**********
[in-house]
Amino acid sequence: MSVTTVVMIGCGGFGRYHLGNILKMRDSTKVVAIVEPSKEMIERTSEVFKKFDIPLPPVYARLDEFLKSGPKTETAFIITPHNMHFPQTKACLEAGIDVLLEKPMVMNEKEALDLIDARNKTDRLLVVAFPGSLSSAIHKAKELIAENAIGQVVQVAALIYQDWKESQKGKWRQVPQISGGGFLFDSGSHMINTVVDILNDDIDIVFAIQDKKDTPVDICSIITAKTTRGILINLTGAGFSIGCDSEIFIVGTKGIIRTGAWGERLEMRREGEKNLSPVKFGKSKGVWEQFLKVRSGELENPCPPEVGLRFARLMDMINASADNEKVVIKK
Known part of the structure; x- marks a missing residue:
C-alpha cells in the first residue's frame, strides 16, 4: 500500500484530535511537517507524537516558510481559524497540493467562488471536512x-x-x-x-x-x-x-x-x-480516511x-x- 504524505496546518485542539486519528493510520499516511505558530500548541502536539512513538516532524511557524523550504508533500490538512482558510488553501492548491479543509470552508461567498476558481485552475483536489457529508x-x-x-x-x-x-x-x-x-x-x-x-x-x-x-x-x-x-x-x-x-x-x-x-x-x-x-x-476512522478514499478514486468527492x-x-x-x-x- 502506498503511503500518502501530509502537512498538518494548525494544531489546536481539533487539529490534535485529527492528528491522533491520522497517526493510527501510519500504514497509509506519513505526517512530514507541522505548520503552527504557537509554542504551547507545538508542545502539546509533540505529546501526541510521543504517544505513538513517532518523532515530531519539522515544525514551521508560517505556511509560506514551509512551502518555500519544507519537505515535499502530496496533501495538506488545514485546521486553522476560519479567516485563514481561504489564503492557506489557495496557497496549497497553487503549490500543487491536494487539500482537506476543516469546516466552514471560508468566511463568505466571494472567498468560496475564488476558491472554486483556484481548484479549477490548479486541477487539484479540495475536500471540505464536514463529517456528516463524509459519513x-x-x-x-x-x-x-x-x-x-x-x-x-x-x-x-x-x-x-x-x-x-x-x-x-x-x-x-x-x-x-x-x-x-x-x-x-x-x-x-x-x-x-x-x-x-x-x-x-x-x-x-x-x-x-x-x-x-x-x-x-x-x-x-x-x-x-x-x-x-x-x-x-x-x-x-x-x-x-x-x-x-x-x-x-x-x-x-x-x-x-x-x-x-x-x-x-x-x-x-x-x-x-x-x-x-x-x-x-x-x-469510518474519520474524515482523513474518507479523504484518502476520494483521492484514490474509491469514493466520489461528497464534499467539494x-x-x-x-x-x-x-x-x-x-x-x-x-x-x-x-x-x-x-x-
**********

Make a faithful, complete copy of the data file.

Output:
[in-house]
Amino acid sequence: MSVTTVVMIGCGGFGRYHLGNILKMRDSTKVVAIVEPSKEMIERTSEVFKKFDIPLPPVYARLDEFLKSGPKTETAFIITPHNMHFPQTKACLEAGIDVLLEKPMVMNEKEALDLIDARNKTDRLLVVAFPGSLSSAIHKAKELIAENAIGQVVQVAALIYQDWKESQKGKWRQVPQISGGGFLFDSGSHMINTVVDILNDDIDIVFAIQDKKDTPVDICSIITAKTTRGILINLTGAGFSIGCDSEIFIVGTKGIIRTGAWGERLEMRREGEKNLSPVKFGKSKGVWEQFLKVRSGELENPCPPEVGLRFARLMDMINASADNEKVVIKK
Known part of the structure; x- marks a missing residue:
C-alpha cells in the first residue's frame, strides 16, 4: 500500500484530535511537517507524537516558510481559524497540493467562488471536512x-x-x-x-x-x-x-x-x-480516511x-x- 504524505496546518485542539486519528493510520499516511505558530500548541502536539512513538516532524511557524523550504508533500490538512482558510488553501492548491479543509470552508461567498476558481485552475483536489457529508x-x-x-x-x-x-x-x-x-x-x-x-x-x-x-x-x-x-x-x-x-x-x-x-x-x-x-x-476512522478514499478514486468527492x-x-x-x-x- 502506498503511503500518502501530509502537512498538518494548525494544531489546536481539533487539529490534535485529527492528528491522533491520522497517526493510527501510519500504514497509509506519513505526517512530514507541522505548520503552527504557537509554542504551547507545538508542545502539546509533540505529546501526541510521543504517544505513538513517532518523532515530531519539522515544525514551521508560517505556511509560506514551509512551502518555500519544507519537505515535499502530496496533501495538506488545514485546521486553522476560519479567516485563514481561504489564503492557506489557495496557497496549497497553487503549490500543487491536494487539500482537506476543516469546516466552514471560508468566511463568505466571494472567498468560496475564488476558491472554486483556484481548484479549477490548479486541477487539484479540495475536500471540505464536514463529517456528516463524509459519513x-x-x-x-x-x-x-x-x-x-x-x-x-x-x-x-x-x-x-x-x-x-x-x-x-x-x-x-x-x-x-x-x-x-x-x-x-x-x-x-x-x-x-x-x-x-x-x-x-x-x-x-x-x-x-x-x-x-x-x-x-x-x-x-x-x-x-x-x-x-x-x-x-x-x-x-x-x-x-x-x-x-x-x-x-x-x-x-x-x-x-x-x-x-x-x-x-x-x-x-x-x-x-x-x-x-x-x-x-x-x-469510518474519520474524515482523513474518507479523504484518502476520494483521492484514490474509491469514493466520489461528497464534499467539494x-x-x-x-x-x-x-x-x-x-x-x-x-x-x-x-x-x-x-x-